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Social Issues
Hillary Clinton: “Women’s Rights Are The Unfinished Business Of This Century”
April 5, 2013
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Some of the most influential, respected and inspiring women on the planet are in New York City right now for a remarkable event.

The Women in the World Summit.

Founded in 2010, it brings together CEOs, world leaders , grassroots activists and dissidents from around the world - all of them dedicated to the advancement of women and girls.

Among the high profile women there are Oprah Winfrey, Meryl Streep, Angelina Jolie and Hillary Clinton, who spoke today.

Clinton called women's rights the "unfinished business of this century," and promised to use her platform to advance women worldwide.

"Let's keep fighting for opportunity and dignity," she said. "Let's keep fighting for freedom and equality. Let's keep fighting for full participation, and let's keep telling the world over and over again that yes, women's are human rights and human rights are women's rights once and for all."

"I have always believed that women are not victims," Clinton said. "We are agents of change, we are drivers of progress, we are makers of peace. All we need is a fighting chance."

hillary-clinton-to-women-in-the-world-summit-women's-rights-are-the-unfinished-business-of-this-century-feature2.jpg Yesterday, Jolie paid tribute to Malala Yousafzai - the Pakistani teenager who was shot in the head by the Taliban because she stood up for the right of girls to go to school.

In a video message, Malala announced what she said was "the happiest moment of my life" - a $45,000 grant to build a school for girls in the Swat Valley, where she's from.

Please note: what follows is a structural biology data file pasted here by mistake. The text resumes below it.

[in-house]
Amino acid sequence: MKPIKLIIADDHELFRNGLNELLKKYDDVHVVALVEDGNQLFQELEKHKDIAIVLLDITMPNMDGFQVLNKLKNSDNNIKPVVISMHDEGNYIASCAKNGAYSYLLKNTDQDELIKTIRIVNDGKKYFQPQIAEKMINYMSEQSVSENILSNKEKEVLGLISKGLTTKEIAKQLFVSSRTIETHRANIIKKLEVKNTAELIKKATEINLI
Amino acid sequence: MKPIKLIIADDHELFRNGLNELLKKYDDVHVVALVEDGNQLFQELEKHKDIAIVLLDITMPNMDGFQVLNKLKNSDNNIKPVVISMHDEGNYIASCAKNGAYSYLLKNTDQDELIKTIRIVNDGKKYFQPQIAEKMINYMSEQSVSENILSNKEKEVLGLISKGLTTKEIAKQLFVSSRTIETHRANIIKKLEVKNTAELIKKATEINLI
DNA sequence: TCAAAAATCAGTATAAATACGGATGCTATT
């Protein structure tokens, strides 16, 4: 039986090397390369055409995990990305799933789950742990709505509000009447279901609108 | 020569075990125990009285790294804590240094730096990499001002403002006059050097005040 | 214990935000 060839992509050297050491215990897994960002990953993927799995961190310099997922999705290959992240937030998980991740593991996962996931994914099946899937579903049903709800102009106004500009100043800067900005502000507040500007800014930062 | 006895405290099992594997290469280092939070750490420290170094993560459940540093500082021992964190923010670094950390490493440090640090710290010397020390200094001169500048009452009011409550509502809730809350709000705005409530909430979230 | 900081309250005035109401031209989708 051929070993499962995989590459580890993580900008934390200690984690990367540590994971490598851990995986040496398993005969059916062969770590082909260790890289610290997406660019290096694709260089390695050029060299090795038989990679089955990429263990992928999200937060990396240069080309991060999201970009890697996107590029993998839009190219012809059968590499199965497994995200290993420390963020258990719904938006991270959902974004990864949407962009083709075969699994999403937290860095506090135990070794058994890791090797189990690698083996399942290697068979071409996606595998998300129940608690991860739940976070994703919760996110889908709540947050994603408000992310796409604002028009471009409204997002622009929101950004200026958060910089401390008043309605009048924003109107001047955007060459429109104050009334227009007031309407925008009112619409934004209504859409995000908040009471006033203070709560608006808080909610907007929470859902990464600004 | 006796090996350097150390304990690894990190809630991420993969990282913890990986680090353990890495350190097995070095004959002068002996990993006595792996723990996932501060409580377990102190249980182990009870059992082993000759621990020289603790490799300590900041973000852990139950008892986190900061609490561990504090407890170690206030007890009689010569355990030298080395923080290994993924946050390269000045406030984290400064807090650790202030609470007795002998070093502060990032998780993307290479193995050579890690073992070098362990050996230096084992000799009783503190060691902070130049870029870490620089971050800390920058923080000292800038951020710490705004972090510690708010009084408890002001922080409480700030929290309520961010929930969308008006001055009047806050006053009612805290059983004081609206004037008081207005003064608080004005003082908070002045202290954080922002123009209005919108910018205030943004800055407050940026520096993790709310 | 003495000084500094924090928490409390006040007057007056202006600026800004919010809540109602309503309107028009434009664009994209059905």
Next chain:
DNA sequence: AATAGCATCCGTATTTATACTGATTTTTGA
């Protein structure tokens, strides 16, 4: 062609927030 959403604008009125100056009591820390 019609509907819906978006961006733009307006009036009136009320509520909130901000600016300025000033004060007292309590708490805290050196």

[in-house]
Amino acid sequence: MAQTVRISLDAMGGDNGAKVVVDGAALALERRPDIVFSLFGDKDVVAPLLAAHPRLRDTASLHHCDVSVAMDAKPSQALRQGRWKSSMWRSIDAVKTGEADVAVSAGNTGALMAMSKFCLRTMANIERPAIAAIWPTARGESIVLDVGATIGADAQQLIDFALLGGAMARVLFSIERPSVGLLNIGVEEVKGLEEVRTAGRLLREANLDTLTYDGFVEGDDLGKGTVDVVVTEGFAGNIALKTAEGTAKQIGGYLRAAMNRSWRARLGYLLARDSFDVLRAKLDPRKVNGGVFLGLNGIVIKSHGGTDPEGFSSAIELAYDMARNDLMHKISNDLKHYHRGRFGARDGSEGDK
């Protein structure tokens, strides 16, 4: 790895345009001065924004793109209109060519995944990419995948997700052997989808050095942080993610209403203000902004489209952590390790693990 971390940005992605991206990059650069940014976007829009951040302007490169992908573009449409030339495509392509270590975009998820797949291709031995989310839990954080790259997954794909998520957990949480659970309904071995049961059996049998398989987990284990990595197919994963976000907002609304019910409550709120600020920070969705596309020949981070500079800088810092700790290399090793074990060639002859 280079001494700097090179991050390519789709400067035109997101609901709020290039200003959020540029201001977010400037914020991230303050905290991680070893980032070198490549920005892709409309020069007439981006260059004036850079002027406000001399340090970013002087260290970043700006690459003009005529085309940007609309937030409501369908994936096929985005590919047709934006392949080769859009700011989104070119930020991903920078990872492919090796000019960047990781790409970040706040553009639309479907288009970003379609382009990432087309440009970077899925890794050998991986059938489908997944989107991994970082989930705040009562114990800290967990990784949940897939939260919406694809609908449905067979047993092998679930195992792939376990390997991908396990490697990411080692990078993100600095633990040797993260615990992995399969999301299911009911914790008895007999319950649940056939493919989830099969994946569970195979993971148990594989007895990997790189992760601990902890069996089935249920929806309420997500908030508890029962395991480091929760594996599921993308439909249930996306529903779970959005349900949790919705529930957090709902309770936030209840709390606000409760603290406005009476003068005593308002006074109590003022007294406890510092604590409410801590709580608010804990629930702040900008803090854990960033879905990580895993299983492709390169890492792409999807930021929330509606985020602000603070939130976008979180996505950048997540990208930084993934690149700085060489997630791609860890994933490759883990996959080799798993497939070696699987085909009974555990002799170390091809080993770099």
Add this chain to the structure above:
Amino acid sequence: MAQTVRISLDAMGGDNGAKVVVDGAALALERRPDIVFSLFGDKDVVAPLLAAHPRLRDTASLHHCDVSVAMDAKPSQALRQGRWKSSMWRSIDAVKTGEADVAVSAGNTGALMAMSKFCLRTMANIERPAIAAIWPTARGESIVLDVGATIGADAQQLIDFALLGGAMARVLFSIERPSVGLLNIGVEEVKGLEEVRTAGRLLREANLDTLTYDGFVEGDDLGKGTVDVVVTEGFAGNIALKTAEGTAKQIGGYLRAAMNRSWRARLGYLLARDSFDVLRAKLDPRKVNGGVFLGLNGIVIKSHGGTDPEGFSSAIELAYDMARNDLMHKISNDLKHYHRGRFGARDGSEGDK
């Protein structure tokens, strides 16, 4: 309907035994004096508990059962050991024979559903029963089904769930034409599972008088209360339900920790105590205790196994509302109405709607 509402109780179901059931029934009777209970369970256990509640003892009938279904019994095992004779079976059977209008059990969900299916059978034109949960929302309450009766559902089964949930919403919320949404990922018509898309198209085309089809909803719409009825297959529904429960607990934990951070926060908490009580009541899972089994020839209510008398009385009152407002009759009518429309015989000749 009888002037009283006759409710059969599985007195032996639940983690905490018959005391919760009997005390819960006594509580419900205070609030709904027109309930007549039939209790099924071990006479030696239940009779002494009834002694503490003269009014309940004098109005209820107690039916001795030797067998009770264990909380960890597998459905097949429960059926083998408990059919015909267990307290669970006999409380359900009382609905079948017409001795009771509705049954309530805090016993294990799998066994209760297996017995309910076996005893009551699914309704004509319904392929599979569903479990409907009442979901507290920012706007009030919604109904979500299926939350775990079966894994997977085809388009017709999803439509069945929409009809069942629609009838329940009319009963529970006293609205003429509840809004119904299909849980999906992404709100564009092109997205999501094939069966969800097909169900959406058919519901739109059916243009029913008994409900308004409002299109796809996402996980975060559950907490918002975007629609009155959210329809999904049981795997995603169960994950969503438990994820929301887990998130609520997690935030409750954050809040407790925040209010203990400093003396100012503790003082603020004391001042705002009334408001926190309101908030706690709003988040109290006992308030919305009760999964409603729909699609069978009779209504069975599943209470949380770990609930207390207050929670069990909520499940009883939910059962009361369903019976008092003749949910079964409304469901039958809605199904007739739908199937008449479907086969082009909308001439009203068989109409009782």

"We are going to educate 40 girls, and I invite all of you to support the Malala Fund," she said. "Let us turn the education of 40 girls into 40 million girls."

The money comes from a charity set up in Malala's name by the Vital Voices Global Partnership, a non-governmental organization founded in 1997 by Clinton.

The fund's organizers won't say which school the money will be going to because they're afraid it could be attacked.

Jolie, who will donate $200,000 to the fund, praised Malala for her courage and her humility.

"Here's what the gunman and the Taliban accomplished on that day. They shot her at point-blank range in the head - and made her stronger," she said in her speech.

"In a brutal attempt to silence her voice, it grew louder, and she more resolute in calling on the entire world, not just Pakistan, to ensure the right for every girl and boy to an education."

"She is powerful, but she is also a sweet, creative, loving little girl who wants to help others and work for others," Jolie said.

"She doesn't want to be center of attention - her goal is progress, not notoriety."

Malala, now 15, underwent extensive surgery to reconstruct her skull at a hospital in England after being transferred from Pakistan.

She went back to school in March at a private school in the city of Birmingham, with the tuition paid for by the Pakistani government.

The goal of the summit is to share "incredible stories of women and girls, looking at both their challenges and triumphs, and inspiring solutions to women's issues."

Photo: Facebook

You can find out more on the Women in the World Foundation website right here. They have a number of stories including...

6 Super Charities Started by College Students
Women and the Mortgage Mess
4 Amazing Charities for Orphans
5 Fab Ways to Get Girls into Chess
A Solution for the Student Loan Crisis

You can read those stories and many more right here.

There's also a solutions page, a list of upcoming events, and information on how you can get involved or make a donation.

The summit is sponsored by The Daily Beast, and was founded by its editor-in-chief Tina Brown.

Related stories

Strength, Unity, Courage, Respect, Equality: It's International Women's Day

Will Giving Equal Rights To Women Around The World Save The Human Race?

One Billion Rising: Global Campaign Calls For An End To Violence Against Women & Girls


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